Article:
• Run time: 13 x half-hour episodes.

Gilmore Girls: A Year in The Life

Fans of the original seven series of this family comedy-drama had to wait almost a decade to see what became of the beloved mother and daughter and their various loves and rivals in the fictional town of Stars Hollow. And since the new show screened, it’s all we’ve heard about. Absence has made our heart grow fonder, but we’re still no better at not shouting out advice to the characters while watching.
• Run time: four x 90-minute episodes.

The Crown

Don’t call the most expensive Netflix original series to date a big budget Downton Abbey. The US$122 million production received rave reviews for the fictionalised look at the early life of Britain’s royal family and a second series has already been announced. Lavish and regal are words for both the subject matter and the final output. No matter your feelings on Downton, this is a must-watch.
• Run time: ten x one-hour episodes.

The OA
Can’t wait until July for Stranger Things 2? (Neither can we.) Well, luckily for you (and us), Netflix is striking while the sci-fi iron is hot by pushing out another mysterious small-town community spookfest. When a missing blind girl turns up after seven years with sight restored she is going to have seen something weird. Or not. It will make sense if you stick with the atmospheric fantasy thriller. Trust us.
• Run time: ten x 31-64-minute episodes.

The last surviving humans travel back from centuries in the future to assume the lives of random people at the moment of their death in 21st century America. Intrigued? We certainly are. We’re just crossing our fingers that this Canadian drama is just one tenth as fantastic as the Quantum Leap it sounds so similar to.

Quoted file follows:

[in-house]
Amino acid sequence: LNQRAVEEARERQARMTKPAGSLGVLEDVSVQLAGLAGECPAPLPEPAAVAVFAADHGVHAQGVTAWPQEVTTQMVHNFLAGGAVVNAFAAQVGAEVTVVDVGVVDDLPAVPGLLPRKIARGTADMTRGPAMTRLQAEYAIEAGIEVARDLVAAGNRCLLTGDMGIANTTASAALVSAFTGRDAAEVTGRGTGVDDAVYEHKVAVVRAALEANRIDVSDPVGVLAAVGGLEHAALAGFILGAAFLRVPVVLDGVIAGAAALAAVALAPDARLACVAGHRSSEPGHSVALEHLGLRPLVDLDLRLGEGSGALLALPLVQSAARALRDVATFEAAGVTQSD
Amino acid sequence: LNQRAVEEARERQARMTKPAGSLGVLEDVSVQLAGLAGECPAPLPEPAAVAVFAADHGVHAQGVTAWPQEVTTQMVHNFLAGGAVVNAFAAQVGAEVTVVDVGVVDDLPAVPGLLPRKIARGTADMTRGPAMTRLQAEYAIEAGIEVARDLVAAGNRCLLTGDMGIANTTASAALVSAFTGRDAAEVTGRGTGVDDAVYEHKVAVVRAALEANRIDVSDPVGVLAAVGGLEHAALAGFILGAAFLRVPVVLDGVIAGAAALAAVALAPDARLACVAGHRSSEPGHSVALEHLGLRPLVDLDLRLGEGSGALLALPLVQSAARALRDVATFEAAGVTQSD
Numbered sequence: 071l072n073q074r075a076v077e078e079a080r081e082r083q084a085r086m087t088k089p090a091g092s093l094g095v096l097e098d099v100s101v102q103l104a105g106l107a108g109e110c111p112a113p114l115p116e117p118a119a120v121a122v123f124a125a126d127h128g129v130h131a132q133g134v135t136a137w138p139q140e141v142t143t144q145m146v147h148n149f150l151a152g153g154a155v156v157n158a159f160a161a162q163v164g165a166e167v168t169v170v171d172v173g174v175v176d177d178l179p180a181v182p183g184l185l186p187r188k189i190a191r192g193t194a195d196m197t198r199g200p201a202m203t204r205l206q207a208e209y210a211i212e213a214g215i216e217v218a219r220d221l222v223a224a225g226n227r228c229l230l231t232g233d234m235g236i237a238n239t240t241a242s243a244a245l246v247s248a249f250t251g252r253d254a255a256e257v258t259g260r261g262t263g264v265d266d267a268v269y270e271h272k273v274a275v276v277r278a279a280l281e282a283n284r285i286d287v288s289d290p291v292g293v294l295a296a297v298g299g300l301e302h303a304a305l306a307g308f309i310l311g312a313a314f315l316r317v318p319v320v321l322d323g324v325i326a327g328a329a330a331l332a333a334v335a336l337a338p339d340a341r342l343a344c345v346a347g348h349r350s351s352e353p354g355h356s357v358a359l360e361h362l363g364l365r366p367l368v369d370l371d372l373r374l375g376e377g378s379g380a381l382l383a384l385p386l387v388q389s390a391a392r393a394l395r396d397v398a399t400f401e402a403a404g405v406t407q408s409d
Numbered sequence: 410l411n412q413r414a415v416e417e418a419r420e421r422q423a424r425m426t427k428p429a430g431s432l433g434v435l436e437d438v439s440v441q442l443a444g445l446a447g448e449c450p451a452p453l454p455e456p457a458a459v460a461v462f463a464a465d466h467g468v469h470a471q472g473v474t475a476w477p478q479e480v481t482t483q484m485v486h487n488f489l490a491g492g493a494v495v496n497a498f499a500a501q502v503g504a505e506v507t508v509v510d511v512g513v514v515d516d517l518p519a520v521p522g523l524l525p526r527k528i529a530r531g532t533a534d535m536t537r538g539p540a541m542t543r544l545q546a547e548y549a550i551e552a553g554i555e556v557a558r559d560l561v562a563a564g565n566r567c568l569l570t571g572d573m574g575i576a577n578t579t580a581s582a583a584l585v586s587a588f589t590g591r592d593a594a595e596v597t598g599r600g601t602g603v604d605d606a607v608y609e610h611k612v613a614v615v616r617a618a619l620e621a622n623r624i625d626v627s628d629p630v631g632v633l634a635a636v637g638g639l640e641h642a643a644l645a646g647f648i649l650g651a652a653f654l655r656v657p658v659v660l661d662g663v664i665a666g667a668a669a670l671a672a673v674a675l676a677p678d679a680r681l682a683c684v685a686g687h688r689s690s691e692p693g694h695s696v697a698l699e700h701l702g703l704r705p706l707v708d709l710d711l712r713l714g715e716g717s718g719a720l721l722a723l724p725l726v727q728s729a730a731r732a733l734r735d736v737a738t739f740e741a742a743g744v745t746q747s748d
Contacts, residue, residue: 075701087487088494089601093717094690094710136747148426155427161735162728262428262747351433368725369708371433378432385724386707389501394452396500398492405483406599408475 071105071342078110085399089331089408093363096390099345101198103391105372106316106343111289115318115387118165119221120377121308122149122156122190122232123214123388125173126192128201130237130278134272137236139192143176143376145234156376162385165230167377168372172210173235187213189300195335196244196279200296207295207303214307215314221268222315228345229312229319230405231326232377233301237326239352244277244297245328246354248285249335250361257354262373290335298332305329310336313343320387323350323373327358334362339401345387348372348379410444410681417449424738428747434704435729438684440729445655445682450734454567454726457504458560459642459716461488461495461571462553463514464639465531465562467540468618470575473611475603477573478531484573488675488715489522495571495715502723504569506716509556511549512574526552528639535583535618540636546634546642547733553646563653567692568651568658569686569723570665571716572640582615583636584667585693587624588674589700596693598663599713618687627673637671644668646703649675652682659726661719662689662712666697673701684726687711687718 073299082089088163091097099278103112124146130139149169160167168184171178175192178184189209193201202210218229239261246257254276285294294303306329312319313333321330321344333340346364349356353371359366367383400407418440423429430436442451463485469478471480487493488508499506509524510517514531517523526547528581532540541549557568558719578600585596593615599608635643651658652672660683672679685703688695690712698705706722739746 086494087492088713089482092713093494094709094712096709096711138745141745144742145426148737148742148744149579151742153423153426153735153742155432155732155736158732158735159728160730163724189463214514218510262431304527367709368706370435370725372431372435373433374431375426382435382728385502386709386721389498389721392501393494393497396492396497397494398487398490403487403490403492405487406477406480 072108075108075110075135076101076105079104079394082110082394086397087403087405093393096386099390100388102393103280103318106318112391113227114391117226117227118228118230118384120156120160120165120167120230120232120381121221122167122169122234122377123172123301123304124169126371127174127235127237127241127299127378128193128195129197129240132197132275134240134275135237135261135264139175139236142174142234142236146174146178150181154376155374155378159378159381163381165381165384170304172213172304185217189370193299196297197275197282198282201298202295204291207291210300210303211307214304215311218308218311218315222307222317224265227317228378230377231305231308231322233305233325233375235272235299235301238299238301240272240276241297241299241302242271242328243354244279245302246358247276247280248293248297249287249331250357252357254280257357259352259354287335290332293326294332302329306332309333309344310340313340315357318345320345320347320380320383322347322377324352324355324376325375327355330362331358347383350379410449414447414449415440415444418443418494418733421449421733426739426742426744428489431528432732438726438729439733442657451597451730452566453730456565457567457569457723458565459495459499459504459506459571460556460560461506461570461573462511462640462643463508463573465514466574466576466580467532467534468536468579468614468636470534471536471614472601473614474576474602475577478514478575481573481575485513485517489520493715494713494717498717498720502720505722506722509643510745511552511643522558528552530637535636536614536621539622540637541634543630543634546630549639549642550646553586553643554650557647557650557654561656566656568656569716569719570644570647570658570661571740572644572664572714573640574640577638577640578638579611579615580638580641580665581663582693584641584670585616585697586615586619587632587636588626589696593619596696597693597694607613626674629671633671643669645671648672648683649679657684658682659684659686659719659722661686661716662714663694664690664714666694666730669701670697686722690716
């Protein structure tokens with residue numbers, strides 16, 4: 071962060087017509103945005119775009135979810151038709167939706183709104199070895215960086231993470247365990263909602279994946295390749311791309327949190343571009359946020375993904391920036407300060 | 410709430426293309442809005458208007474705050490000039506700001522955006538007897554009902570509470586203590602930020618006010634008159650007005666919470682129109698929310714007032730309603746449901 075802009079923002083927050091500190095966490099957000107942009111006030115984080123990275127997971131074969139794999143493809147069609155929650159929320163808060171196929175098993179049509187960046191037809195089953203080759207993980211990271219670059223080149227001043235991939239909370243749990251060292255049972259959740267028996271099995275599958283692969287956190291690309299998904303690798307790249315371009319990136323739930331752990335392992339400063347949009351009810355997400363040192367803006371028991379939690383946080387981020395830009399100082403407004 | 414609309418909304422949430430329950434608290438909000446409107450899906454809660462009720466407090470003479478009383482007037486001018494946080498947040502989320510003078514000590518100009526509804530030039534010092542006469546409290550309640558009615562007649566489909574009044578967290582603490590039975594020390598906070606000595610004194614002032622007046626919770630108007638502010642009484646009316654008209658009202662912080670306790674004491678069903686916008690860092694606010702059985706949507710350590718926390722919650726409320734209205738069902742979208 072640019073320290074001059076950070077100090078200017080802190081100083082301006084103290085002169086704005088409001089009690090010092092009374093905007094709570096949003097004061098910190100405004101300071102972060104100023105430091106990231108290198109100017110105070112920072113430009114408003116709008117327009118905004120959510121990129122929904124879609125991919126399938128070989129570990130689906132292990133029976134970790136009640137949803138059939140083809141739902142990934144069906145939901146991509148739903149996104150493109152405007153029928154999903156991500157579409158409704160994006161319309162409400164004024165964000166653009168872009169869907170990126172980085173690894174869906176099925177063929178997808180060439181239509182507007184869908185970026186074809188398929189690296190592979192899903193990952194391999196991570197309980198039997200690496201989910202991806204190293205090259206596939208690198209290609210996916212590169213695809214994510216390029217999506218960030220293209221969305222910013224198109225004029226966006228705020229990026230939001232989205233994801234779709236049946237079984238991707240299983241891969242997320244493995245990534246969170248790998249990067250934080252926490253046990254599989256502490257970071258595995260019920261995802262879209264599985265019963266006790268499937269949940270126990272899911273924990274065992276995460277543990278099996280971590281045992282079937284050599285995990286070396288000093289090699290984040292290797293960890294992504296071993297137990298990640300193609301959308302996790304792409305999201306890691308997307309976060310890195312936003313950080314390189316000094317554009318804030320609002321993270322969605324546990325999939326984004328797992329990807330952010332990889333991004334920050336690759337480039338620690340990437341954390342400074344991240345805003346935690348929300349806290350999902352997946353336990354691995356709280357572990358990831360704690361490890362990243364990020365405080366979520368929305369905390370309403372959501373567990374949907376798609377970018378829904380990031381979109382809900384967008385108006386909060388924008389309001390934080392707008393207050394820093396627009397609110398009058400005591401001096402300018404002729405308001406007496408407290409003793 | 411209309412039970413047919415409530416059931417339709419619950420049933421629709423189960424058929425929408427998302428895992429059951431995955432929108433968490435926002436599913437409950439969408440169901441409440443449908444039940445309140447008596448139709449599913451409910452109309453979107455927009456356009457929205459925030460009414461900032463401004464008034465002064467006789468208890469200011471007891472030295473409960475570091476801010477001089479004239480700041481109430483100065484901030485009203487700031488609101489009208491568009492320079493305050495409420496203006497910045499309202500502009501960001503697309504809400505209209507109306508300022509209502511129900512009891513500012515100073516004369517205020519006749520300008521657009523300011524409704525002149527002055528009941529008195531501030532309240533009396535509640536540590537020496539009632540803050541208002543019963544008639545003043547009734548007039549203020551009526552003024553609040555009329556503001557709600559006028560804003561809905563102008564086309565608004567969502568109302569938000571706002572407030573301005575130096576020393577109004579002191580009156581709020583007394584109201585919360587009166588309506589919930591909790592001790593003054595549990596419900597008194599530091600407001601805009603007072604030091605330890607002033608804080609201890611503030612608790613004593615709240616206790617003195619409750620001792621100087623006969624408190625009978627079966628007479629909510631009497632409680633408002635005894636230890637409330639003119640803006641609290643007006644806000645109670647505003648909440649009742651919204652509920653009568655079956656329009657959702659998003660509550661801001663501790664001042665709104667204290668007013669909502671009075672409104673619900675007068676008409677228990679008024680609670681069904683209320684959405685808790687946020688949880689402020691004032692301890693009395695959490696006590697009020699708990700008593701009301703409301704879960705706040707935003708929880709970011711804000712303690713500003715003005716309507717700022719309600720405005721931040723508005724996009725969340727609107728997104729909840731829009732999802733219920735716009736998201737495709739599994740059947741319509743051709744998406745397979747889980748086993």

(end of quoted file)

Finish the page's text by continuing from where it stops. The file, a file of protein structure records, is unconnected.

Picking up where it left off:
• Run time: 12 x 50-minute episodes.

The combined forces of Guillermo del Toro and Dreamworks Animation (the creative folk behind Shrek, Kung Fu Panda and How to Train Your Dragon − to name a few) make us sit up and take notice of this animated family adventure series. The story skips between the troll and human worlds and revolves around magical amulets and swords and sorcery fun, as friends unearth a mystery beneath their hometown. Kelsey Grammer and Ron Perlman are standout names in the voice cast.
• Run time: 26 x 23-minute episodes.

White Rabbit Project
From the people behind Mythbusters comes an investigation series which answers the questions nobody ever asks but can’t wait to see the answer to. Jailbreaks, superpower technology, heists, hoverboards and more gadget- and stunt-driven experiments for high-octane journalistic inquiries. Great stuff.
• Run time: ten x 50-minute episodes.

Ones to wait for*

Netflix is splashing out something like US$5 billion on its Original shows and we’re excited to see this dark coming-of-age comedy about a young man on the autistic spectrum as he searches for love and independence in a baffling world. Keir Gilchrist, Jennifer Jason Leigh and Michael Rapaport star.
• Stream in TBA.
• Run time: eight x one-hour episodes.

Chef’s Table Season 3
The ultimate foodie documentary series is coming back for a third series. That means more loving of the close-ups of delicately prepared dishes from some of the world’s best kitchens. The slow-motion camera tour of chopping, cooking and serving visits chefs from Peru to Moscow, Russia. Prepare to drool over this show.
• Stream in TBA.
• Run time: six x 50-minute episodes.

Iron Fist
As if the Marvel Cinematic Universe couldn’t get any more convoluted, the numerous TV series are crossing on unprecedented levels this year. This story sees a billionaire who... oh, let’s face it, you don’t care, do you? All you need to know is more superhero action is coming to your screen and it is going to be kung-fu packed.
• Stream in March.